Ikaria Developing Drug For “Hibernation-on-Demand,” Could Pull Off Biggest Biotech IPO Ever, VC Says

Hibernation-on-demand is one of those enduring concepts of science fiction. If you can slow down breathing, heartbeat, and other metabolic functions without going too far and suffocating people, you could possibly send them on long voyages into space. Here on Earth, it might buy time for a surgeon trying to save someone before he or she bleeds to death.

Nobody has ever gotten close to developing a drug to do this in people. Yet Ikaria Holdings, a privately held biotech company based in Clinton, NJ, with a research center in Seattle’s South Lake Union neighborhood, may be the first. The company has shown its liquid, injectable form of sodium sulfide can cause mice to go into a metabolic slowdown, without risks associated with cooling the body, and at low enough doses that it doesn’t cause toxic side effects. In May, a study of 36 healthy volunteers in Australia showed the drug, called IK-1001, was safe in people.

By the end of this year, Ikaria should be ready to start a larger study to show whether IK-1001 can work for patients with a certain disease, although Ikaria isn’t yet saying what that will be, says Csaba Szabo, Ikaria’s chief scientific officer and the head of the company’s Seattle research center.

“This company has substance,” says Szabo, a Hungarian whose name is pronounced Chah-buh Sah-bow. “I’ve never been in a company so efficient, so productive for a group this size.”

Ikaria has said previously that such a drug could buy extra time for doctors hurrying to treat patients with traumatic injuries, strokes, and heart attacks, and people undergoing heart bypass surgery or suffering surgical complications. The list is so long, the medical and business implications of making this work are huge.

I was amazed to learn that Ikaria is on the verge of entering a Phase II clinical trial with its hibernation-on-demand drug. Mark Roth, a scientist at the Fred Hutchinson Cancer Research Center, made waves in the journal Science in 2005 when he was the first to show hibernation-on-demand could be accomplished in mice. When Ikaria was founded shortly after, he predicted it would take the company five years to begin human clinical trials, in an interview with me when I was with The Seattle Times. The drug in its raw form—hydrogen sulfide gas—isn’t stable enough to be a drug, so Ikaria had to turn it into a liquid form and show regulators it had at least a year of shelf life.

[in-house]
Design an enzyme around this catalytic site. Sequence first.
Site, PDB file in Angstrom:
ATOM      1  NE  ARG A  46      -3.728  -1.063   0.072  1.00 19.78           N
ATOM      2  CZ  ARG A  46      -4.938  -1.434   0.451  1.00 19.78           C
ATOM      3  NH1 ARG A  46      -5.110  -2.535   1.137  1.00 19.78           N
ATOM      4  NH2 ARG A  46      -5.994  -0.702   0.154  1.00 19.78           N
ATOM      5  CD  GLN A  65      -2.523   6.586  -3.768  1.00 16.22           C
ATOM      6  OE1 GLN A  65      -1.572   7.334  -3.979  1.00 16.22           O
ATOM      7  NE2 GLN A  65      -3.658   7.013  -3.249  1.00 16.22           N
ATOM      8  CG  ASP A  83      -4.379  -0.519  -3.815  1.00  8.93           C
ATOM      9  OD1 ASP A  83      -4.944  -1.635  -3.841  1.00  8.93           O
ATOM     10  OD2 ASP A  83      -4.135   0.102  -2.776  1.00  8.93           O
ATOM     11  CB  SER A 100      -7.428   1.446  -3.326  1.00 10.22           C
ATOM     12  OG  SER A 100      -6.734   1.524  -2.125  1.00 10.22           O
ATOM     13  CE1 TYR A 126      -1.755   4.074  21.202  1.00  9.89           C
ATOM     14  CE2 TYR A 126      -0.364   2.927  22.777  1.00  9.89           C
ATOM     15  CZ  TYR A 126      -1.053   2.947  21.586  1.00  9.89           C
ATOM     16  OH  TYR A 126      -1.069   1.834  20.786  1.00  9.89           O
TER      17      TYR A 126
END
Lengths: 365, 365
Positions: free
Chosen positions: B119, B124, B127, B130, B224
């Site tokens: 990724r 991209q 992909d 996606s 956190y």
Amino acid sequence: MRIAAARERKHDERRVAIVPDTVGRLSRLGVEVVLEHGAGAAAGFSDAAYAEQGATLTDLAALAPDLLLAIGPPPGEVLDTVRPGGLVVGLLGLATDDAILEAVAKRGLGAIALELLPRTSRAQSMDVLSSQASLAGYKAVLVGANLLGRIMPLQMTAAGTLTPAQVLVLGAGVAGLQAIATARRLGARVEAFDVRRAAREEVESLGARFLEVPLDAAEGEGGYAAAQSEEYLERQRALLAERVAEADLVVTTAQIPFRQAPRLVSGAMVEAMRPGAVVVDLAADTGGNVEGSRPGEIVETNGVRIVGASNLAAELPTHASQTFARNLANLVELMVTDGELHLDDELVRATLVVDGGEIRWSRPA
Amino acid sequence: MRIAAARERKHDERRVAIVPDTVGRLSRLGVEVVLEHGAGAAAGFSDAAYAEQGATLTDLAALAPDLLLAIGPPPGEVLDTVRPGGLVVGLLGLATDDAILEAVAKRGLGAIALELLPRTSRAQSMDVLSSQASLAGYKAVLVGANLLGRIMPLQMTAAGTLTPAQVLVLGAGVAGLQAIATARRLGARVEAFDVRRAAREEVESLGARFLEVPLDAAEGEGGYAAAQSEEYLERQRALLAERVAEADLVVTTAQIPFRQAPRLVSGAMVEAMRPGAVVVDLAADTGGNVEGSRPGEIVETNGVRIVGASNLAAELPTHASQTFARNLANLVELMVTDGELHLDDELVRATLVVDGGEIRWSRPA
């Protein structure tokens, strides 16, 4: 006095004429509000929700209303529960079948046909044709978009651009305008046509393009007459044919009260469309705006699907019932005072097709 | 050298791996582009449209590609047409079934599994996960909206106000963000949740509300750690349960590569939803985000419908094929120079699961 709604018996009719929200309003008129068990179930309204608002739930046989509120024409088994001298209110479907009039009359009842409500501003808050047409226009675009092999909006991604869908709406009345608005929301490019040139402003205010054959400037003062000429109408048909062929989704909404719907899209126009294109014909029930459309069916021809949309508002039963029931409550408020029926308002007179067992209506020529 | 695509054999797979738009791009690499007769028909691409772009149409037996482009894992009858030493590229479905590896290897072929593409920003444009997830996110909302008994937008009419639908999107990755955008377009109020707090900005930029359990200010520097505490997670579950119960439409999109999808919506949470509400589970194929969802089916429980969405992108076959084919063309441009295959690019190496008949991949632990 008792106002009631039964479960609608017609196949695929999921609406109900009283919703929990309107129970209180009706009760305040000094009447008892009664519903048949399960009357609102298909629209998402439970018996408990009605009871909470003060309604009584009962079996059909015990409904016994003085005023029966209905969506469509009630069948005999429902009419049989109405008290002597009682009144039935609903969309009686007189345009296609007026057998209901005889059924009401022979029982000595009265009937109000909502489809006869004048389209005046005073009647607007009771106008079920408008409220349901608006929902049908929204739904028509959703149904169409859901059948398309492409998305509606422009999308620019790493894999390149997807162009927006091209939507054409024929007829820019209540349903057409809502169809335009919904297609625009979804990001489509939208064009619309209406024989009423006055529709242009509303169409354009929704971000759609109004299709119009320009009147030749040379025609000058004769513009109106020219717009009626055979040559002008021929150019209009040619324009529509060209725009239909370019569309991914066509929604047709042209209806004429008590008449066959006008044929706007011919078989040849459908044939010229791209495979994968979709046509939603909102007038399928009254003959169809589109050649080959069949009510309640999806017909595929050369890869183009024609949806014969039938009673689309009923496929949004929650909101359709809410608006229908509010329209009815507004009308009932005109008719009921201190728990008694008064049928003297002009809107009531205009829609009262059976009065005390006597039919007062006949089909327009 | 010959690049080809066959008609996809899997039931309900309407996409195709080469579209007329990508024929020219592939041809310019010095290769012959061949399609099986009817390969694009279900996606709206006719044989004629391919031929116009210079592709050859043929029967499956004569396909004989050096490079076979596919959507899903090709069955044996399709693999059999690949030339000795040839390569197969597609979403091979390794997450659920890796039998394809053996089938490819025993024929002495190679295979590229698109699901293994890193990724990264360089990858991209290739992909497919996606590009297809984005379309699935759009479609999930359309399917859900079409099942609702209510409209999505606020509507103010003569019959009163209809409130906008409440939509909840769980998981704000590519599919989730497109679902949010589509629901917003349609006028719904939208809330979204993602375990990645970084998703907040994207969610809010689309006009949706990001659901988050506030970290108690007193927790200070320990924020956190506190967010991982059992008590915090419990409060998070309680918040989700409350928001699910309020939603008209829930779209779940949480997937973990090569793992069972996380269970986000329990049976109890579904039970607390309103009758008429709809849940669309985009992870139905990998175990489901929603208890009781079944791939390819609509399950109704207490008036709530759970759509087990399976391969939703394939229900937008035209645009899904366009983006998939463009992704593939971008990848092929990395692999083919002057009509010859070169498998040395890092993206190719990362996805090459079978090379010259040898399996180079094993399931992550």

In May, Roth said this in a statement: “The fact that IK-1001 progressed from the early concept stage to the completion of a Phase I trial in 18 months speaks volumes about the quality and innovative spirit of the R&D group at Ikaria.”

One of the company’s original venture backers predicts big things ahead: “Ikaria is the leading innovator in the critical care space, is profitable, and has a deep pipeline. It will probably be the biggest biotech IPO ever when it decides to go public,” said Robert Nelsen, managing director of Arch Venture Partners, in an e-mail.

Profitable and biotech don’t usually appear in the same sentence—but Ikaria has an interesting business strategy. The company went through a complicated merger in March 2007 between Ikaria, with its hibernation-on-demand technology, and New Jersey-based INO Therapeutics, which markets nitric oxide gas to help infants with “blue baby” syndrome breathe better. By hitching its wagon to INO, Ikaria got access to people with expertise in drug development, clinical trials, regulatory affairs, and a company with profits to invest. New Mountain Capital, a private equity firm, along with Arch, Venrock Associates, Altitude Life Science Ventures, Washington Research Foundation, and Alexandria Real Estate Equities, pumped $300 million of new equity capital into the company. The combined company generated revenues in 2007 of more than $200 million, chairman David Shaw said in January at the JP Morgan Healthcare Conference in San Francisco.

By merging with a profitable company, Ikaria’s Szabo said he doesn’t need more venture capital to support the research. He instead goes through a conventional budgeting process for resources within a profitable company. He oversees a group of about 25 people in Seattle, who do animal testing and work on new formulations of its drugs. “We do everything we need to move an idea to the clinical trial stage,” he says.

The research will likely grow in Seattle, although Szabo wouldn’t say by how much until the budgeting process is complete. But I could see with my own eyes that they are hiring right now. Szabo insisted that we carry on our interview during his lunch with a job applicant.

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